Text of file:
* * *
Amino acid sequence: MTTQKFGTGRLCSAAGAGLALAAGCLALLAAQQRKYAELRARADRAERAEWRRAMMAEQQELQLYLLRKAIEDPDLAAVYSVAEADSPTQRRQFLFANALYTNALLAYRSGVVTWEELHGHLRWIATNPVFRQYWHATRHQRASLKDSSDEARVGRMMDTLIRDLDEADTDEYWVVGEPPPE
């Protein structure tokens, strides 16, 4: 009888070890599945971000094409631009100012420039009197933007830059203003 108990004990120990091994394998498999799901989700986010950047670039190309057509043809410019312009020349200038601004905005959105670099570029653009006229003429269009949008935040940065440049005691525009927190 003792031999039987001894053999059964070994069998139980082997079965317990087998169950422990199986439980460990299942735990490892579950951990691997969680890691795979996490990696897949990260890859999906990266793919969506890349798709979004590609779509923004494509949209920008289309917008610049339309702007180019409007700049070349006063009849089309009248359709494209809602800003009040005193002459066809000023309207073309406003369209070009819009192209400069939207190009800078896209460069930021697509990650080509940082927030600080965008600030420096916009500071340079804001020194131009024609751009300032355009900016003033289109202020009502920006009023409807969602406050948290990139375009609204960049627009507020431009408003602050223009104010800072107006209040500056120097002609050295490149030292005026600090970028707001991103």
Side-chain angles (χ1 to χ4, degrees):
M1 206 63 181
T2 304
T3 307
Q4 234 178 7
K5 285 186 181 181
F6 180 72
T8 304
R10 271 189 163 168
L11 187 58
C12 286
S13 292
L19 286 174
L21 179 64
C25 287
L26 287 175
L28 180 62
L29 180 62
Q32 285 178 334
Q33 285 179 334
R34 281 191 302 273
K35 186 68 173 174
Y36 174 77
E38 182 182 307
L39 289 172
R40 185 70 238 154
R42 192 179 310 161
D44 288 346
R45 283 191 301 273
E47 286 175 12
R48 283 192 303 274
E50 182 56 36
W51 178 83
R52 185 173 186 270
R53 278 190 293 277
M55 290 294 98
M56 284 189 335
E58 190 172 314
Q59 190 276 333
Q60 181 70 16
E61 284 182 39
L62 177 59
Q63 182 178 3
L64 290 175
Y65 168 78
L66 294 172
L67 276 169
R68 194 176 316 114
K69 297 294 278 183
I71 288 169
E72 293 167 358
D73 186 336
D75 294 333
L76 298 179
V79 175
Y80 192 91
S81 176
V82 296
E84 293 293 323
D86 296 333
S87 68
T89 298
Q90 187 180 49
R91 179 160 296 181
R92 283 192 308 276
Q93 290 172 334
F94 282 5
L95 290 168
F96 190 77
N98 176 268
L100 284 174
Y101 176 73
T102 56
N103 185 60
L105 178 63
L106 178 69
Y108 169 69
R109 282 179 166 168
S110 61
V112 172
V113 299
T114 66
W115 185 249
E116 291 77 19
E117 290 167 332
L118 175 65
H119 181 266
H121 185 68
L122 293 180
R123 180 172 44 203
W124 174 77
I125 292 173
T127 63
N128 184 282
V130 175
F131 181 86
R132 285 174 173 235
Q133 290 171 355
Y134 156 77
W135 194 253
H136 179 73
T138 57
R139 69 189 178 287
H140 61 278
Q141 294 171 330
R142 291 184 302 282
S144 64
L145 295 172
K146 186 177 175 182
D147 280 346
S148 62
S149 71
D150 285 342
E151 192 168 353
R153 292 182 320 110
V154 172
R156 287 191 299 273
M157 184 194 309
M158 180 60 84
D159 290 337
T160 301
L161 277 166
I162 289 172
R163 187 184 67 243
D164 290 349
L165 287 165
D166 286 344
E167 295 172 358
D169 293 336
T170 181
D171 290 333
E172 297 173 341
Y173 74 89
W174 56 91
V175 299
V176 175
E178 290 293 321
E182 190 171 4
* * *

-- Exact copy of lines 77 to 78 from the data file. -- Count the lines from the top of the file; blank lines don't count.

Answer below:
L105 178 63
L106 178 69